The art world is preparing for the release of a treasure trove of new discoveries about historical works with the publication of a catalogue – nine years in the making – of Britain’s biggest private art collection.
Later this month the Walker Art Gallery in Liverpool will showcase a handful of the discoveries from the Schorr Collection, created over 40 years by a chartered surveyor called David Lewis and his family.
The secrets have come to light over the years as the more than 400 paintings in the collection were cleaned and restored. But they have never been made public until now.
Among the revelations is the discovery of a sketch for two of El Greco’s most famous paintings, of the Spanish town of Toledo. The Coronation of the Virgin was thought to be, primarily, a studio painting, but when it was cleaned a sketch of the town was found in the bottom-right corner, by El Greco himself.
Another painting, thought to be a copy of the Spanish master Velazquez, was shown to be the work of Delacroix when the full signature – “Delacroix after Velazquez” – was revealed.
Xanthe Brooke, the exhibition’s curator, said: “In the case of Delacroix, we have a new painting in his oeuvre.”
Mr Lewis said: “Often I am behind the conservator when the dirt or paint is removed. Of course there are times when nothing is revealed.” But, he added, it was all “incredibly exciting”.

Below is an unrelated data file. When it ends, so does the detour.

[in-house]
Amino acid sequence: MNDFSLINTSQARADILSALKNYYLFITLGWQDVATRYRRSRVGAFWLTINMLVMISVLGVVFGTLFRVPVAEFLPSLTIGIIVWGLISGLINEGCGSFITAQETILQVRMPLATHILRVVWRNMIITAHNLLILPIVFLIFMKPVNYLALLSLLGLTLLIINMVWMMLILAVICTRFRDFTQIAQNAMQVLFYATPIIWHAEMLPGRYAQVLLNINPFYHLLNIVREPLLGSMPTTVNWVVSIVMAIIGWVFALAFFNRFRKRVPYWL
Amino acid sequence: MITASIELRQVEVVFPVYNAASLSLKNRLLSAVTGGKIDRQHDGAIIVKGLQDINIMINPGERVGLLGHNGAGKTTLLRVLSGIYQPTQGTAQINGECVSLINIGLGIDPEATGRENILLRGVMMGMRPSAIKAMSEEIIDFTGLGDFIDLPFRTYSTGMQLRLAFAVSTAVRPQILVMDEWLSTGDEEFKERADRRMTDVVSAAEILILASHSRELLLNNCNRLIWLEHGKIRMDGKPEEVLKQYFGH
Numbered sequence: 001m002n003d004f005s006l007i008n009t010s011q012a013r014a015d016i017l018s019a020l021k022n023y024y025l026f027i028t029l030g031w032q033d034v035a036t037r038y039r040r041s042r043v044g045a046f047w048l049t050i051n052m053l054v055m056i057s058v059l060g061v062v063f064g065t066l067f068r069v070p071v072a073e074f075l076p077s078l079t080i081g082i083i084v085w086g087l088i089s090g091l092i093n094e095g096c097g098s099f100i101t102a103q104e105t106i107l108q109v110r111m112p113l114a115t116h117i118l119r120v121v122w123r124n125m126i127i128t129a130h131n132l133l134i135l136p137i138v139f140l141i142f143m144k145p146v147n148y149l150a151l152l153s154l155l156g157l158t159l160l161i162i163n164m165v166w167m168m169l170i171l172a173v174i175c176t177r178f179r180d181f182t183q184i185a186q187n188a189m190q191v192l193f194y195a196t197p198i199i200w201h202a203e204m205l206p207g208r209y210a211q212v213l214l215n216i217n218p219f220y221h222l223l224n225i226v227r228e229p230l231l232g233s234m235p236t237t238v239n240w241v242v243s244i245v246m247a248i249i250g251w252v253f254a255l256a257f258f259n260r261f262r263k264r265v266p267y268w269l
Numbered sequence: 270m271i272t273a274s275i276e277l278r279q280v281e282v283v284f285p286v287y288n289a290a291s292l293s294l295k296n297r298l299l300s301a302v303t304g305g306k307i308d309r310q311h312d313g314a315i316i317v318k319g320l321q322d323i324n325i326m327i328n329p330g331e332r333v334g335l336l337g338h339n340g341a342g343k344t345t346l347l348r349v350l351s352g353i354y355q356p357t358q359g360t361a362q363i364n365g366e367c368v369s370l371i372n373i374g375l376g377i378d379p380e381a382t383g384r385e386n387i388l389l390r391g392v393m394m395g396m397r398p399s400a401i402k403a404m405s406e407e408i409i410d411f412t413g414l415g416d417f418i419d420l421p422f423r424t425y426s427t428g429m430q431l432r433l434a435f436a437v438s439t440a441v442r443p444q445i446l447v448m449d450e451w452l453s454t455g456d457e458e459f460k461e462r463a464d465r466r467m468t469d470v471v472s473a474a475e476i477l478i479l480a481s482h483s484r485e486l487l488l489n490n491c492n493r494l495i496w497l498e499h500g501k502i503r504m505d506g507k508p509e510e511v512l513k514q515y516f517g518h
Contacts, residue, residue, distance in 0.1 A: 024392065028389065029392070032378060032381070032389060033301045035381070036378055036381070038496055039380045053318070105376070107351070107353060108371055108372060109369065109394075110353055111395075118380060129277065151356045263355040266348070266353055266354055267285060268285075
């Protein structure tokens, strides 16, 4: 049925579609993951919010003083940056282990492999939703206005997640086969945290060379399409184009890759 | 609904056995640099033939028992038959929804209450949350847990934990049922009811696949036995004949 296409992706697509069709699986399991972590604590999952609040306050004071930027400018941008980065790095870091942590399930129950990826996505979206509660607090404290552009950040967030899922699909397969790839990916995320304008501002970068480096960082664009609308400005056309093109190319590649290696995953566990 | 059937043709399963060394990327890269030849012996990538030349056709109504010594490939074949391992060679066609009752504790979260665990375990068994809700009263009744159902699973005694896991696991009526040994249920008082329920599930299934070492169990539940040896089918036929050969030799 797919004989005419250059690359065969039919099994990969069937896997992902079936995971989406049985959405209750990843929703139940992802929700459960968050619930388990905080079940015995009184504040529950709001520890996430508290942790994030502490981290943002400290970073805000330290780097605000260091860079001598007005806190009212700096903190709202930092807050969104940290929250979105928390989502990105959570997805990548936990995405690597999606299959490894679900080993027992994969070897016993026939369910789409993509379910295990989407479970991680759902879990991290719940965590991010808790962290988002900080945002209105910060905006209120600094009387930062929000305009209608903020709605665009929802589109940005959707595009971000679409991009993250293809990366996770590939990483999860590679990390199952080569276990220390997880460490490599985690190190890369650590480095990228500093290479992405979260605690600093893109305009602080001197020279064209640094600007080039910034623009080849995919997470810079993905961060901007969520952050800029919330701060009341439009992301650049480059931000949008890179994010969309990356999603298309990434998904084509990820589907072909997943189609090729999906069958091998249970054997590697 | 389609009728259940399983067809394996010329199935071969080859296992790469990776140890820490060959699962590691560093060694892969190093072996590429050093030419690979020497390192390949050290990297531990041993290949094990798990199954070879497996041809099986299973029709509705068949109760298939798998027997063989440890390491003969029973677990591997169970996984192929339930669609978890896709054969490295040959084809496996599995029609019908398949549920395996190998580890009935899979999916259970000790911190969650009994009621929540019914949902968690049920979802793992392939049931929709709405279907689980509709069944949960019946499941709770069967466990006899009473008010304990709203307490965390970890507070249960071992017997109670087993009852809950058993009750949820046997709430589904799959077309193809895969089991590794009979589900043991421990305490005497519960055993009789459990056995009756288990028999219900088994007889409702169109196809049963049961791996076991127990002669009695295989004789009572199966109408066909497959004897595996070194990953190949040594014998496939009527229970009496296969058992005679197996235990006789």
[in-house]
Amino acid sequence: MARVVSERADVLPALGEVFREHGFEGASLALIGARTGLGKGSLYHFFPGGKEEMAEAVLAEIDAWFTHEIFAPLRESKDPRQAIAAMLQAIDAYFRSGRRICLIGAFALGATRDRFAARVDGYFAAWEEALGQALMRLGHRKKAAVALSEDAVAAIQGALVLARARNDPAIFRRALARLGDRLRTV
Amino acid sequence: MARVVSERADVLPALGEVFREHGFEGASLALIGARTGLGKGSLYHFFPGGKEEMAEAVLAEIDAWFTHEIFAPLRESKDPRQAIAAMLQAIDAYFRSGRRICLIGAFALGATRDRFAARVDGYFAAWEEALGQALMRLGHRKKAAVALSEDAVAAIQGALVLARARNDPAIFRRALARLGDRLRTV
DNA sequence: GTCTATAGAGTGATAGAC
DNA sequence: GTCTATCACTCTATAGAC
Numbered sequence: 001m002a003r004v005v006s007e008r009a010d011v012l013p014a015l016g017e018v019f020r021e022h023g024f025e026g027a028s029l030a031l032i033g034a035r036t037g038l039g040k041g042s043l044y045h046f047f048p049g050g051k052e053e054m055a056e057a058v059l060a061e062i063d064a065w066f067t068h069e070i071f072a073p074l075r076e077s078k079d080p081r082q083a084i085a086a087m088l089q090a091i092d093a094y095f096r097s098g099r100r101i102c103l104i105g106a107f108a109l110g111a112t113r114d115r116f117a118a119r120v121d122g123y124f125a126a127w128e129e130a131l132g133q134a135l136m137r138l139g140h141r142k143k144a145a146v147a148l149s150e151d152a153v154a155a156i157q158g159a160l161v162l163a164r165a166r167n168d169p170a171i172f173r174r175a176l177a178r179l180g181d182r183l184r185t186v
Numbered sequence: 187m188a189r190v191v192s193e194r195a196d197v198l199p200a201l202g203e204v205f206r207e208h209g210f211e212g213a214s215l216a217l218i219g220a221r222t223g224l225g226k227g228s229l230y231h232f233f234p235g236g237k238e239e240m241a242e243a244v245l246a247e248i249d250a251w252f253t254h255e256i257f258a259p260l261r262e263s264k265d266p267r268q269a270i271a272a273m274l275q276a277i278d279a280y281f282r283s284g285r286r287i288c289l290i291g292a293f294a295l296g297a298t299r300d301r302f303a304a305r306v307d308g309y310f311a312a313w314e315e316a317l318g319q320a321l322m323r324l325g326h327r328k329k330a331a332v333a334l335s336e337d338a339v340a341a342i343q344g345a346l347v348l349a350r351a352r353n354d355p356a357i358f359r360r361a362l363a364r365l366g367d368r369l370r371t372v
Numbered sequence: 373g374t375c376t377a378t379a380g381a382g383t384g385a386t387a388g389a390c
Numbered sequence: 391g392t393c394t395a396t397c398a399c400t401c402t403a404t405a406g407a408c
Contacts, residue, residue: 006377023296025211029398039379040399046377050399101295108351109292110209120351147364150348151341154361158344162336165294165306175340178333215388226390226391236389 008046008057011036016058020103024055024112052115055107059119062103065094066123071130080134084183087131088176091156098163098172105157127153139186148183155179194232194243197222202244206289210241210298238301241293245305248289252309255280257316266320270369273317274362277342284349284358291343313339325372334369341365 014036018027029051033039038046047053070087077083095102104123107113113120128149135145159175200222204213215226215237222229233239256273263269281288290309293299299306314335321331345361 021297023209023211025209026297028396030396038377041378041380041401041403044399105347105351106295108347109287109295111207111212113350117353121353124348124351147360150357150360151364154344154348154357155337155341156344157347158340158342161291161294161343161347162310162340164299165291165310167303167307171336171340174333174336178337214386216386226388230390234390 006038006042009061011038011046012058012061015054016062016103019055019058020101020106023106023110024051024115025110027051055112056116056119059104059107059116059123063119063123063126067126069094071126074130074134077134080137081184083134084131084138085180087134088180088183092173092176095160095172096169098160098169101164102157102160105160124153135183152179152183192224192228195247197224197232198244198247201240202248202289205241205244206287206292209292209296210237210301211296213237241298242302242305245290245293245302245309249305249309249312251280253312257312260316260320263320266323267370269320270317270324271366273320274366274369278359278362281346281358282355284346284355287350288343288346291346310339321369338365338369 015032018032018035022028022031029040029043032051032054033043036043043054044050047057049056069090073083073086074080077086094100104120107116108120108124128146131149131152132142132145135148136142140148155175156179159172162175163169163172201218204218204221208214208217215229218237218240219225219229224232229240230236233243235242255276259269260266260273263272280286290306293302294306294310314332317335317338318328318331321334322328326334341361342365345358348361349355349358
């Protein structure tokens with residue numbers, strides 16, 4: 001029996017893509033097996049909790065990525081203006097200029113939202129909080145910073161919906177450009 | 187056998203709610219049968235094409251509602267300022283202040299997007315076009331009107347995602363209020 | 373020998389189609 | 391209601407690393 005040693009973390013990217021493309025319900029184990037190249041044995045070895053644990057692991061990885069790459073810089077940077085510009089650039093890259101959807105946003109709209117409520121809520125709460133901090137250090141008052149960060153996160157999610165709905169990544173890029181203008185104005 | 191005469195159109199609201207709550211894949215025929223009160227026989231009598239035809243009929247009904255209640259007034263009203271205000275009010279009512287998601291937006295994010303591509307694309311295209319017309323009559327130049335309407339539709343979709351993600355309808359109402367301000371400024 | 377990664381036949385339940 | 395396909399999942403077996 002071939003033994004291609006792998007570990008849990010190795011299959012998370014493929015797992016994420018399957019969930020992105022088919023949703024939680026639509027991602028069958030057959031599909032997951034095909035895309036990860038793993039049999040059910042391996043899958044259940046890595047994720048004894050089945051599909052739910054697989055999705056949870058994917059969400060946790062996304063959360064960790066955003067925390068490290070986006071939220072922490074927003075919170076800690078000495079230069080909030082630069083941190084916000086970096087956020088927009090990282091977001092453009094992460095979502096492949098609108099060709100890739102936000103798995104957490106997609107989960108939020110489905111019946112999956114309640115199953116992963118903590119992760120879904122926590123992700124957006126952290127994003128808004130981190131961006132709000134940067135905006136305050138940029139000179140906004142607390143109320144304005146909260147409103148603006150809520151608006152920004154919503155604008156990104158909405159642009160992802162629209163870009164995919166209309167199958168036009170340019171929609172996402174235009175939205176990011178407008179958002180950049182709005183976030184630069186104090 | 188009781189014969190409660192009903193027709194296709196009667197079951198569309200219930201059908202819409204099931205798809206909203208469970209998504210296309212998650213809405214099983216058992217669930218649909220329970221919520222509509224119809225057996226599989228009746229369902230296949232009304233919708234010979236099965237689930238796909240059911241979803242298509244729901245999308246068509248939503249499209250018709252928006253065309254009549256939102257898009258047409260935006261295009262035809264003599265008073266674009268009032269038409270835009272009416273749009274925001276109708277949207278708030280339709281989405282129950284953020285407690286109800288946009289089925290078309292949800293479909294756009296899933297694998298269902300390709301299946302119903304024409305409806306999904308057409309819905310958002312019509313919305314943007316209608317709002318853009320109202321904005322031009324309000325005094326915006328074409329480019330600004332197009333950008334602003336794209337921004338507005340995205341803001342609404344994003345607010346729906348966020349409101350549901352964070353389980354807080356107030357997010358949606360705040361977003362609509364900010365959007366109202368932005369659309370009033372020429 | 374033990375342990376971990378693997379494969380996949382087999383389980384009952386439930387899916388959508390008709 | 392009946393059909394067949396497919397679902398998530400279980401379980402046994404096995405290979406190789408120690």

1. The Coronation of the Virgin by El Greco and his studio
When the painting was cleaned, conservators noticed a small landscape panorama in the corner of the canvas. This was found to be the town of Toledo in Spain, the subject of two of El Greco’s most famous paintings – View of Toledo (1596-1600) and View and Plan of Toledo (1610) – considered among the greatest depictions of the night sky in Western art. The small landscape is by the master himself.
2. Assumption of the Virgin by Rubens
In 1611 Rubens made two oil sketches of the Assumption, to win a commission to paint the high altar of Antwerp Cathedral. One sketch is in Buckingham Palace. The Schorr Collection painting looks identical to the bottom half of the oil sketches. It was thought to be a later work, but wood-dating experts discovered the panel was of a soft wood found in southern Europe, where Rubens was in 1609, suggesting this is an earlier work than had been thought.
3. Moses and the Tablets of Law by Philippe de Champaigne
There are three versions of this painting: one in Milwaukee, one in St Petersburg, and one in the Schorr Collection. The one in the Milwaukee Art Museum was thought to have belonged to Cardinal Fesch, who was associated with Napoleon. But a newly discovered catalogue from 1860 reveals that the one in the Schorr Collection is, in fact, the one that belonged to the Cardinal.
4. Portrait of King Philip IV of Spain by Delacroix after Velazquez
This painting originally appeared to be signed just “Velazquez”. When it was added to the Schorr Collection it was known as a copy, yet its owner David Lewis and his advisers were intrigued by its craftsmanship. The conundrum was solved when the full signature – “Delacroix après [after] Velazquez” – was revealed on cleaning. A fraudster had painted over part of the signature at some point, to make the work more valuable.
‘A Collector’s Eye: Cranach to Pissarro’ is at the Walker Art Gallery, Liverpool from 18 February
Author: Andrew Johnson | Source: The Independent [February 06, 2011]